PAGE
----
March 16, 2011
With St. Patrick’s Day upon us, it’s easy to forget there’s more to Irish folklore than rivers dyed green, leprechauns, pots of gold and green beer. To help remember the other, less publicized Irish folklore, this month’s eBook Exchange is a collection of folk stories from Ireland that are sure to get everyone feeling a little more Irish. So take a break from your studying or your grading and dive into a few, lesser-known fairy tales from the Emerald Isle.
February 14, 2011
The coincidence of Valentine’s Day and the eBook exchange leaves us feeling a little romantic around Brown Library. Giving into my romantic impulses I find myself recommending The Romance of Tristan and Iseult by Joseph Bedier. From Amazon:
This immortal tale concerns the doomed love between a knight and a princess. The heroic Tristan, nephew and champion of King Mark of Cornwall, journeys to Ireland to bring home his uncle’s betrothed, the fair Iseult. Their shipboard voyage takes a tumultuous turn with a misunderstanding and a magic potion, and the lovers quickly find that there’s no turning back.
September 13, 2010
Can it really be considered a "classic" if most people don't know the real story? The Wonderful Wizard of Oz is the basis for the movie The Wizard of Oz, and while the characters are familiar, the story isn't quite the same. Take Dorothy's classic Ruby Red slippers... in Baum's version, the slippers are silver, and the movie changed them to the vibrant red everyone knows and loves to showcase the newly developed Technicolor film technology. The book is somewhat darker, much more detailed and offers the reader a different perspective than the happy-go-lucky perspective of the movie. So take a break from studying or grading and sit back with an old favorite, that might not be as familiar as one might expect. From Amazon:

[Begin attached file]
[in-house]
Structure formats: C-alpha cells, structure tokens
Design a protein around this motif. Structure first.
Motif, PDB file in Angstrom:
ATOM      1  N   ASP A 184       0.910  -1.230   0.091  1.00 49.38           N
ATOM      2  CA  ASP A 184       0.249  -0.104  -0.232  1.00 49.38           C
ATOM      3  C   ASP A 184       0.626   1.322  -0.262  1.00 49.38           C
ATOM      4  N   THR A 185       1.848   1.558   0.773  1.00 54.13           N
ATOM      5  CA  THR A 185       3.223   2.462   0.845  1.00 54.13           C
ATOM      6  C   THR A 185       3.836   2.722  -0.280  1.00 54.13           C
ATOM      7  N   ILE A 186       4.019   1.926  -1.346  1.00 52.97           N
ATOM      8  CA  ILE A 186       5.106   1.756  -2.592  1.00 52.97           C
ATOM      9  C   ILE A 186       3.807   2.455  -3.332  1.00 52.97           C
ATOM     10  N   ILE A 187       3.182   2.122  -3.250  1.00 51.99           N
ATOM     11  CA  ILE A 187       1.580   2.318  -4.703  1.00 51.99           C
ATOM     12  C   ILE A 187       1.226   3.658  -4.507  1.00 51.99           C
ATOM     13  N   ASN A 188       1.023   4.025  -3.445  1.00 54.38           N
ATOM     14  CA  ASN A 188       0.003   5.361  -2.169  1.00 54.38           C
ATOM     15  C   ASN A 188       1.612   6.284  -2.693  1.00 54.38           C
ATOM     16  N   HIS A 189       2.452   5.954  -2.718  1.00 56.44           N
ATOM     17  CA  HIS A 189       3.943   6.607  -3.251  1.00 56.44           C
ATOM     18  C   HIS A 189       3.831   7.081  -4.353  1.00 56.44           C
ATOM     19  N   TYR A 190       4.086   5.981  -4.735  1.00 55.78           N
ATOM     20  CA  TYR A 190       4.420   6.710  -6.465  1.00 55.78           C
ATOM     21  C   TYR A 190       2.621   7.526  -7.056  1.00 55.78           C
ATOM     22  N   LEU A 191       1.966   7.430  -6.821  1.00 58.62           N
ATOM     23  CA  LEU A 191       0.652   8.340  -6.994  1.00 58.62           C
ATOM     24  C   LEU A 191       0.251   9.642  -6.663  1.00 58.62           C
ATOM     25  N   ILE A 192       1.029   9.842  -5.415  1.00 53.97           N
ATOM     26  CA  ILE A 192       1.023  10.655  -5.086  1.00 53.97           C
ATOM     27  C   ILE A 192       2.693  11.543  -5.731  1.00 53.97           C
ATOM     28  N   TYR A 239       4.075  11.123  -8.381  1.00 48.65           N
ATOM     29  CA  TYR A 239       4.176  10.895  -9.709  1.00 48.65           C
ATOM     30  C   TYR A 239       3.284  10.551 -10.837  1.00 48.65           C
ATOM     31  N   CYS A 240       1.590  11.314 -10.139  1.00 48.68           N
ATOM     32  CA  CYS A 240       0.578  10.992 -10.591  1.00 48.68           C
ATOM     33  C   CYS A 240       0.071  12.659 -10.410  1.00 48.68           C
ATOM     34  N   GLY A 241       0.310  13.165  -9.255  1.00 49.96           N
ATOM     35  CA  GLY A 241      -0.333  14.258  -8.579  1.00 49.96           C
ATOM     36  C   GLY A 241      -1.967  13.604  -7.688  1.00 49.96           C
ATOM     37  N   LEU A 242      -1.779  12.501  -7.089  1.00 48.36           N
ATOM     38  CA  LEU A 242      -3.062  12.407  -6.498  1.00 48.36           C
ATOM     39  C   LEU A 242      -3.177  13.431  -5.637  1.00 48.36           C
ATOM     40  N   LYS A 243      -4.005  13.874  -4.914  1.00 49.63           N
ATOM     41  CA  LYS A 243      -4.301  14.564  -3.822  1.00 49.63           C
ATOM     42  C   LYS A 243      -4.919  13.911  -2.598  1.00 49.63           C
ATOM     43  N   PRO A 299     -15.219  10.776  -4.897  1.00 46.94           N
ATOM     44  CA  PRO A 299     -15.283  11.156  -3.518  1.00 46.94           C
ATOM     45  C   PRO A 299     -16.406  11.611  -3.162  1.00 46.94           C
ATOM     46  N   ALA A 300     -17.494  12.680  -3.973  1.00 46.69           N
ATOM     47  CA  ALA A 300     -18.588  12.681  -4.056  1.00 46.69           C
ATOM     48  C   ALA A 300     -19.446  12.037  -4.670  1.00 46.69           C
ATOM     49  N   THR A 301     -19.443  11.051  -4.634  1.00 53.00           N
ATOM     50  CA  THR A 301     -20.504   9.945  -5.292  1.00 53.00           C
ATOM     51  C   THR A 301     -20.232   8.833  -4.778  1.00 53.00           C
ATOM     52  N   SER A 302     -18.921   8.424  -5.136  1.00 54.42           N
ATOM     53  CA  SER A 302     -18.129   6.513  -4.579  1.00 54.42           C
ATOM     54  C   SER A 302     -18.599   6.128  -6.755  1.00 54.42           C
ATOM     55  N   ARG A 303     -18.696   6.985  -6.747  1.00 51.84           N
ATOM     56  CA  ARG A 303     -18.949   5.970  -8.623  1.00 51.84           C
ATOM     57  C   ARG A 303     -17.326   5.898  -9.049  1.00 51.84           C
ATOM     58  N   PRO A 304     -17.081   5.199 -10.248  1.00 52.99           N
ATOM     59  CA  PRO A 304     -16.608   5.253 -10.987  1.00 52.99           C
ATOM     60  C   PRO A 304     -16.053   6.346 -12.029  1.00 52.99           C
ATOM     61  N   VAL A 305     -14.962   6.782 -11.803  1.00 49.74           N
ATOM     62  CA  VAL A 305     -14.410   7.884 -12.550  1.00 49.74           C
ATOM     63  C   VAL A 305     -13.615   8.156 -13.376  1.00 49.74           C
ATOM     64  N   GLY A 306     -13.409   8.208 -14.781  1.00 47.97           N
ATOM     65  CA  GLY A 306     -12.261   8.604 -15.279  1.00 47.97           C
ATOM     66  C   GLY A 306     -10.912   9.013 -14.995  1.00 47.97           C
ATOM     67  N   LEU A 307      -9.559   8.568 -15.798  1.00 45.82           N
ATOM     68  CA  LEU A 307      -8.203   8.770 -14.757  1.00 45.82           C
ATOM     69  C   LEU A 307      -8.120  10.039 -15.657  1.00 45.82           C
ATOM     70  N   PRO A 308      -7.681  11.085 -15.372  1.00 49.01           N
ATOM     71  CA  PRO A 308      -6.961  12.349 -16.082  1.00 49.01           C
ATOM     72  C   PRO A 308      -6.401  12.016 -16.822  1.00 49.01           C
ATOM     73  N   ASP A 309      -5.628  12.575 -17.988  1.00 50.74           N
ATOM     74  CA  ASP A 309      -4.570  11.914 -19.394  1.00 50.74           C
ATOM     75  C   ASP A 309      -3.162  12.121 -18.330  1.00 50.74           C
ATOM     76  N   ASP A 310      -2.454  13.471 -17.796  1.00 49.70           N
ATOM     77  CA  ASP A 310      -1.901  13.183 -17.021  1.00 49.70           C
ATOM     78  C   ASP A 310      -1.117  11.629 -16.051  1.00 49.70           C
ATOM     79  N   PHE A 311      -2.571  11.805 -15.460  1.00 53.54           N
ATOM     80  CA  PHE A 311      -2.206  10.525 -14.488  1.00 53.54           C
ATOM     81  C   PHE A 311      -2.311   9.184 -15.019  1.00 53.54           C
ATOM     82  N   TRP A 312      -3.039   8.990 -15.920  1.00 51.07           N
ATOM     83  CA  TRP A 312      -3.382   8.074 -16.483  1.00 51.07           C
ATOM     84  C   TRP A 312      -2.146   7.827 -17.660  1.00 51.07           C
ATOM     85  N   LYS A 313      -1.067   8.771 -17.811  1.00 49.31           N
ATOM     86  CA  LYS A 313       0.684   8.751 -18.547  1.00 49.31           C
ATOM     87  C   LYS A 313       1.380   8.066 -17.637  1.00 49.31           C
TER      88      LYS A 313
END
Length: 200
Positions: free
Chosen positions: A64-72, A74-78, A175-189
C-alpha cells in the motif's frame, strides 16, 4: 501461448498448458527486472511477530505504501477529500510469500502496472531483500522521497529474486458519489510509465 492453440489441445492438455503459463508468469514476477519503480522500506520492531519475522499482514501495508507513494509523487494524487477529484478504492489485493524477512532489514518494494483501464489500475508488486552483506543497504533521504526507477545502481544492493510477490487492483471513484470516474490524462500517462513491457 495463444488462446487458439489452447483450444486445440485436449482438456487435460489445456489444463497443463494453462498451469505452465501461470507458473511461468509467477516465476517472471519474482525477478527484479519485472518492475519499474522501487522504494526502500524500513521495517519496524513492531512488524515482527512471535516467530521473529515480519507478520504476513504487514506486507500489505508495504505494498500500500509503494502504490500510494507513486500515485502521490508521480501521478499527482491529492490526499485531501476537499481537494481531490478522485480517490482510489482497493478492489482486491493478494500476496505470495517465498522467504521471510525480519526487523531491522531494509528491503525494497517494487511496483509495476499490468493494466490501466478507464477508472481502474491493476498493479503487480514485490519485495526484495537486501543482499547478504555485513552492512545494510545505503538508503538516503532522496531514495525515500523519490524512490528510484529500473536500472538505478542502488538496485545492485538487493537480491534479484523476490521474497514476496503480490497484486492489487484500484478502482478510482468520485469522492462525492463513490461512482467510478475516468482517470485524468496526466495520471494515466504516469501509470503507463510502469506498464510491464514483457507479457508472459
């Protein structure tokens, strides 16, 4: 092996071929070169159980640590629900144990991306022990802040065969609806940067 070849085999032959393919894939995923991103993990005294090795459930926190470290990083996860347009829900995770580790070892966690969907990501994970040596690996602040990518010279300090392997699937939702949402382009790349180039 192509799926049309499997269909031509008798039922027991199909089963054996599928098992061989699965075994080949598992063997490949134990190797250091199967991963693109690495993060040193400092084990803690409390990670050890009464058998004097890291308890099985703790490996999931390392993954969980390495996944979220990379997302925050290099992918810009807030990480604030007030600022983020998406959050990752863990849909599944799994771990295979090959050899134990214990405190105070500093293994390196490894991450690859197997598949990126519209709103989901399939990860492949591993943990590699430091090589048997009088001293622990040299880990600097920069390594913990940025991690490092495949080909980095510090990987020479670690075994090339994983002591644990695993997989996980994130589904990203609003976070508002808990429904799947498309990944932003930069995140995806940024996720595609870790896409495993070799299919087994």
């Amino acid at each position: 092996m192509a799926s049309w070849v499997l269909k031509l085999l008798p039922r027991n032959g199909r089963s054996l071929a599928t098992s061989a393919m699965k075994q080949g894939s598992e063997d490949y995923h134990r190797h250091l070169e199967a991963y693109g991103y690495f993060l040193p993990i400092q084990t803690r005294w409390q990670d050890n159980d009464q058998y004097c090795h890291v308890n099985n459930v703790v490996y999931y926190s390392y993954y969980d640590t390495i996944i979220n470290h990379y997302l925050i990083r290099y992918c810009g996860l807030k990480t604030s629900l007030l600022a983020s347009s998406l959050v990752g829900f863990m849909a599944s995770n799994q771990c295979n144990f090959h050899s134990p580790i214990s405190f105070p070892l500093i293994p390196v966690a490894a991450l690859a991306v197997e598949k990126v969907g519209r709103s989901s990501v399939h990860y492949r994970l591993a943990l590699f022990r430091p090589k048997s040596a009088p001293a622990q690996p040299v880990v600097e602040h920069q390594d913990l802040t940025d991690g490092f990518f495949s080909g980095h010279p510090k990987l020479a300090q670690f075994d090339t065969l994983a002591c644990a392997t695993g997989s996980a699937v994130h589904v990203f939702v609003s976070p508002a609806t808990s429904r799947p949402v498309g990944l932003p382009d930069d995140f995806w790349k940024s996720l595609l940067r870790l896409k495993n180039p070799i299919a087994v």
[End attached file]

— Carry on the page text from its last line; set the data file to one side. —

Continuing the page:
One of the true classics of American literature, The Wonderful Wizard of Oz has stirred the imagination of young and old alike for over four generations. Originally published in 1900, it was the first truly American fairy tale, as Baum crafted a wonderful out of such familiar items as a cornfield scarecrow, a mechanical woodman, and a humbug wizard who used old-fashioned hokum to express that universal theme, "There's no place like home." Follow the adventures of young Dorothy Gale and her dog, Toto, as their Kansas house is swept away by a cyclone and they find themselves in a strange land called Oz. Here she meets the Munchkins and joins the Scarecrow, Tin Woodman, and the Cowardly Lion on an unforgettable journey to the Emerald City, where lives the all-powered Wizard of Oz.